At 0440 Philippine time on November 8, 2013, Typhoon Haiyan—known locally as Yolanda—made landfall in the Philippines. It was one of the strongest typhoons on record to make landfall. It struck the central Visayas region and continued on to Leyte, Cebu, and Panay, hitting a total of six provinces and affecting over eleven million people. About four million people were displaced, over six thousand were initially reported as killed, and nearly six million required emergency food aid.
The Philippine government and local governments in the affected areas were unable to respond. Transportation and communication infrastructure was destroyed in the storm. Without immediate aid, the death toll rose to catastrophic levels.
Japan and the United States: Answering the Call
Japan and the United States were the earliest responders in the most critical early hours after the storm passed. The expertise of aid-giving agencies and nongovernmental organizations is helpful, but the unique capabilities of the Self-Defense Force and the U.S. forces stationed in Japan brought the needed organizational capabilities, including communications, logistics, airfield- and port-opening capabilities, reconnaissance means to find distressed areas and people, vertical-landing aircraft to deliver aid where the infrastructure was destroyed, and embedded medical care. U.S. and Japanese ships played a very valuable role. They allowed both nations to keep their operating base at sea and avoid the congested land areas where other organizations and agencies were exploiting the available dry land for their operations. U.S. amphibious ships even carried infant diapers. Diapers were a small but critical item that provided comfort for the young mothers caught in the disaster.
A Fast Response
Perhaps most critical was the attitude displayed in Tokyo and Washington. We did not wait to clarify the situation before acting. We had a bias toward forward movement and response, relying on the early arrivals to assess the most critical needs and to act immediately.
The response provided a valuable example to the greater region. Japan and the United States quickly responded with a major military movement in the absence of complete information, coordinating activities as we moved to the objective area. Our ability to operate together seamlessly was on display. More importantly, those members of the force that were ashore and in direct contact displayed the high virtues of well-trained forces, tirelessly caring for the homeless, the sick, and the helpless, protecting the innocent from the ravages of nature and from the predation of those who would take callow advantage of the distressed for their own gain.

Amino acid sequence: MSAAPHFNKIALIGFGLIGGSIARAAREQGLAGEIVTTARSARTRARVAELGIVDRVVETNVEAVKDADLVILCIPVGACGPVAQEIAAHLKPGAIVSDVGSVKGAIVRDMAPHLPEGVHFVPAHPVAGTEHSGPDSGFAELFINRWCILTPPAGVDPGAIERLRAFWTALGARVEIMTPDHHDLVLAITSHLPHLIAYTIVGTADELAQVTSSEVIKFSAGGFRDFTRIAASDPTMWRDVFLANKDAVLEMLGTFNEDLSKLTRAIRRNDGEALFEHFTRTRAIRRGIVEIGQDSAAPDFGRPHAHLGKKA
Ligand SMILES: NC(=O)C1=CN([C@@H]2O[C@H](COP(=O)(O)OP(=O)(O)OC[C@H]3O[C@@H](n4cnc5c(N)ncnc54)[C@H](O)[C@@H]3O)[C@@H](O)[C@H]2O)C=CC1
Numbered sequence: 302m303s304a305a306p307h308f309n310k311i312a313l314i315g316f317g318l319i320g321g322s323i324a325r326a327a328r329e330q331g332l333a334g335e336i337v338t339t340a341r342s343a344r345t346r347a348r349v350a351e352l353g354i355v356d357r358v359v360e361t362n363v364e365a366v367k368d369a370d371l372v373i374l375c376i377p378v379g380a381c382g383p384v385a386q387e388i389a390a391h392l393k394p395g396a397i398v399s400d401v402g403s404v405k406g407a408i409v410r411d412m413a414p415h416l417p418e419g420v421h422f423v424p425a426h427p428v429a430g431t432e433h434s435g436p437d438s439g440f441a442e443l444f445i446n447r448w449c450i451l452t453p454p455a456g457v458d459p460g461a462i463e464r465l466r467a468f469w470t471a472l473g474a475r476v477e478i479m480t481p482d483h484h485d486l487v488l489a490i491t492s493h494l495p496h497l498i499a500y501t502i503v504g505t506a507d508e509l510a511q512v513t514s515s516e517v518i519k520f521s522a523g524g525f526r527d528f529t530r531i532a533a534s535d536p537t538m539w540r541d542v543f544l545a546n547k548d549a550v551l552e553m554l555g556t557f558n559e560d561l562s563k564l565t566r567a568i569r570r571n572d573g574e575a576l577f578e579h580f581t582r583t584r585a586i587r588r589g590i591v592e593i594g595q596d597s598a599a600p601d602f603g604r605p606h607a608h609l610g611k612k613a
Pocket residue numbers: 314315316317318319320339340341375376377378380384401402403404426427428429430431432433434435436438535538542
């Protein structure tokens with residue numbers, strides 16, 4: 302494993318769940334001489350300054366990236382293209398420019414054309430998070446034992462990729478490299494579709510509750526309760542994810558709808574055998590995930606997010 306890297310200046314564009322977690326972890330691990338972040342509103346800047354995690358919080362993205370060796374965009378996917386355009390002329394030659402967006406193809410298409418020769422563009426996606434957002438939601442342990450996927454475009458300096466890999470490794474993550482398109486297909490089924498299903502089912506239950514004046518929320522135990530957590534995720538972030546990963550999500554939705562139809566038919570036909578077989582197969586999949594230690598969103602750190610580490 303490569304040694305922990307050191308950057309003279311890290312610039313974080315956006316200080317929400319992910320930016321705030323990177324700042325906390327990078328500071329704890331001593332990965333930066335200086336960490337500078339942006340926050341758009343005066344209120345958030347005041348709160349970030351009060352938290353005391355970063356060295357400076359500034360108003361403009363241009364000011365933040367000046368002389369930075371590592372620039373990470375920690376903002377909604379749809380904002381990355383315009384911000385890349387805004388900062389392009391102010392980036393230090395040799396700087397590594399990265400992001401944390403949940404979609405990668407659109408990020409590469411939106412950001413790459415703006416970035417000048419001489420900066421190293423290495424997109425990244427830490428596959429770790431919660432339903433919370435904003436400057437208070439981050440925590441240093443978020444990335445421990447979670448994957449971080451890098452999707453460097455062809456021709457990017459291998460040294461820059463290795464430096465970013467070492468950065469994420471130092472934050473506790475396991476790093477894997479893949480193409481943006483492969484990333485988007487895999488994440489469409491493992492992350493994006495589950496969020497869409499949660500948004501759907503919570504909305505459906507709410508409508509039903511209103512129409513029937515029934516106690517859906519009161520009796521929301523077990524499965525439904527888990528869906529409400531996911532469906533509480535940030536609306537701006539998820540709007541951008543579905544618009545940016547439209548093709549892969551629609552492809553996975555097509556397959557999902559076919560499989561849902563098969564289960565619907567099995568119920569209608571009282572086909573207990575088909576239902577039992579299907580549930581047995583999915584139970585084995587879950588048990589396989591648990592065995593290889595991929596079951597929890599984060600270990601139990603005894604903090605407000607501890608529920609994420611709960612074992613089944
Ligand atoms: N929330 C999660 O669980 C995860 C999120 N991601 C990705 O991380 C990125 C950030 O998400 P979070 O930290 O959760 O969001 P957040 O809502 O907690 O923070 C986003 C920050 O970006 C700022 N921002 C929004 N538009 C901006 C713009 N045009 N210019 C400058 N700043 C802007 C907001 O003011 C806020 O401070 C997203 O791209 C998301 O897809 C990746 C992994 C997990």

A short while after, the Philippine ambassador to Japan had occasion to present a speech in Tokyo to a gathering sponsored by an aid agency, Peace Winds America. In that speech to American and Japanese officials and donors present, the ambassador specifically and intentionally called Japan an ally—a powerful operation indeed.
The Asia-Pacific: A Tortured Land
Lessons from Typhoon Haiyan
As is well known, Asia is the reluctant host to more than the region’s fair share of earthquakes, tsunamis, floods, typhoons, pandemic diseases, and volcanoes. The region’s nations who are willing to cooperate and come to the aid of neighbors in need provide a major stabilizing influence and contribute to the expansion of stability and prosperity.
As with any operation, government, military, medical, and nongovernmental agency, professionals will examine the details of the Typhoon Haiyan response and make corrections in many areas in anticipation of future events. But the major lesson is clear: Our ability and willingness to come to the aid of a neighbor trying to recover from a disaster (especially in the very early stages) is a necessary and effective way to enhance our capability to be a productive member of the Asian community of nations. Trust and habits of cooperation develop under pressure in these disaster-response operations that prove vital in other affairs of state.
The Infectious-Disease Challenge
There is another set of requirements that should be part of the regional activities of the U.S.-Japan alliance in cooperation with Vietnam—the building of resilience in the face of likely threats. The physical threats of earthquake, flood, tsunami, and others can be better managed through construction of barriers and such. The threats to health will require much more work in the areas of both prevention and response.
This threat of disease introduces a new level of complexity, that of a fast-spreading infectious illness that threatens national and even regional stability. The danger of contagion complicates all the usual functions of a disaster-response effort.
Asia is home to many diseases with pandemic potential, and the recent West African Ebola outbreak showed just how damaging such an event can be. Building resilience to these pandemic threats is far more about building habits of cooperation and education.
Within the Asian region, we see countries where economic and political difficulties challenge the established order internally and in the region; where domestic crises threaten the region’s progress toward stable political cooperation; where historical mistrust and territorial disputes remain unresolved; where unrestrained population flows, displaced persons, crime, and corruption inhibit regional confidence, undermine democratic values, and lessen common security. A disease outbreak in these conditions can quickly destroy stability.